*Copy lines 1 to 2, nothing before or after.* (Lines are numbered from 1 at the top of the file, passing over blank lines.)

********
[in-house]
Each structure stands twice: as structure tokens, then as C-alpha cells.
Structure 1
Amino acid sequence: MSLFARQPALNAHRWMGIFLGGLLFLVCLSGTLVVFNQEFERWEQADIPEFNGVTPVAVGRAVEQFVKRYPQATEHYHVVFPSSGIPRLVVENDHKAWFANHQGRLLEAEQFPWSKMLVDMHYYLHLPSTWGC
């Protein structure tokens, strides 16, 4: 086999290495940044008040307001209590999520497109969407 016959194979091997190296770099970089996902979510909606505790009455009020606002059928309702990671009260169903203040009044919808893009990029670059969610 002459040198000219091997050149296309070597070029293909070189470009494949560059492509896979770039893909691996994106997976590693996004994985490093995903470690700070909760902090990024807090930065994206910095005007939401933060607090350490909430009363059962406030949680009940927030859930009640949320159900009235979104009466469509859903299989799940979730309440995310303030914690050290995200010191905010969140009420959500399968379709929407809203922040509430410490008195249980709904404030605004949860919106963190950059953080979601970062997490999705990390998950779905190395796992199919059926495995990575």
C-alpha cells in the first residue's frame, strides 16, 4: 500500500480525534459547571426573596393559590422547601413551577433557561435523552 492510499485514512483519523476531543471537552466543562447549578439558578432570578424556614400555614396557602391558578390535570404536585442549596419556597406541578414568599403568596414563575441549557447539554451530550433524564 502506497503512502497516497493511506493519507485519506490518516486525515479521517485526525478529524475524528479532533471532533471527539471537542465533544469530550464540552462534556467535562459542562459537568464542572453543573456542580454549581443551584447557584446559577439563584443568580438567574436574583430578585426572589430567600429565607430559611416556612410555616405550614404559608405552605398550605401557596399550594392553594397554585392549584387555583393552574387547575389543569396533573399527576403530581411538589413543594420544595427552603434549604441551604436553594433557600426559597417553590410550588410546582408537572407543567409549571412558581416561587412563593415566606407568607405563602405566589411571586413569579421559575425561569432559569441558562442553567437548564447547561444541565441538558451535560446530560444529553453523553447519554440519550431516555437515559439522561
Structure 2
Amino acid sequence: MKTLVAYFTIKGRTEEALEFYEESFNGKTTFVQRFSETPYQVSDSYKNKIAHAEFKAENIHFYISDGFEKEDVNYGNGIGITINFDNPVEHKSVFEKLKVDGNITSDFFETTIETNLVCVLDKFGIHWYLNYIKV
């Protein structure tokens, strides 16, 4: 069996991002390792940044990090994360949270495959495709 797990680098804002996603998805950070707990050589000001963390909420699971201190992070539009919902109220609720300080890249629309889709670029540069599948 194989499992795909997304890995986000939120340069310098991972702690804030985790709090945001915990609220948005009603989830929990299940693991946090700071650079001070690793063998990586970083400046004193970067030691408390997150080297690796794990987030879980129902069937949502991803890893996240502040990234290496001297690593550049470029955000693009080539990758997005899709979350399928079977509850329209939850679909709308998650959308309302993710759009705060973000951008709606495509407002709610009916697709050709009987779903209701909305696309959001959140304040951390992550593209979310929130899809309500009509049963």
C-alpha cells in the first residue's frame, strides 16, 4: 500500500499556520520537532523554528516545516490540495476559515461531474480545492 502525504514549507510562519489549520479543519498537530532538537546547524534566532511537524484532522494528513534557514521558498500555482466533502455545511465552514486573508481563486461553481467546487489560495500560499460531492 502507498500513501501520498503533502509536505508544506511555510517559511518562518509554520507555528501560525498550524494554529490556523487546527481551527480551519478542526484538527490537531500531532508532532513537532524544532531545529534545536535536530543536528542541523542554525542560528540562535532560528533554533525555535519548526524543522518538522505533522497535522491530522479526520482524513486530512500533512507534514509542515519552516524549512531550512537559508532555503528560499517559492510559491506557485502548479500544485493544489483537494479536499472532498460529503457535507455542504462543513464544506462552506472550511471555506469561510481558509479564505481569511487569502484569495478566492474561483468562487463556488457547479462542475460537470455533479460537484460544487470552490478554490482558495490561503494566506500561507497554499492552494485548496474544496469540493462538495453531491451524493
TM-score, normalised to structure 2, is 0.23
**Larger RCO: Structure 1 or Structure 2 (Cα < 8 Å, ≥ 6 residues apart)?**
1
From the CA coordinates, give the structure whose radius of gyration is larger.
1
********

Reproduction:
[in-house]
Each structure stands twice: as structure tokens, then as C-alpha cells.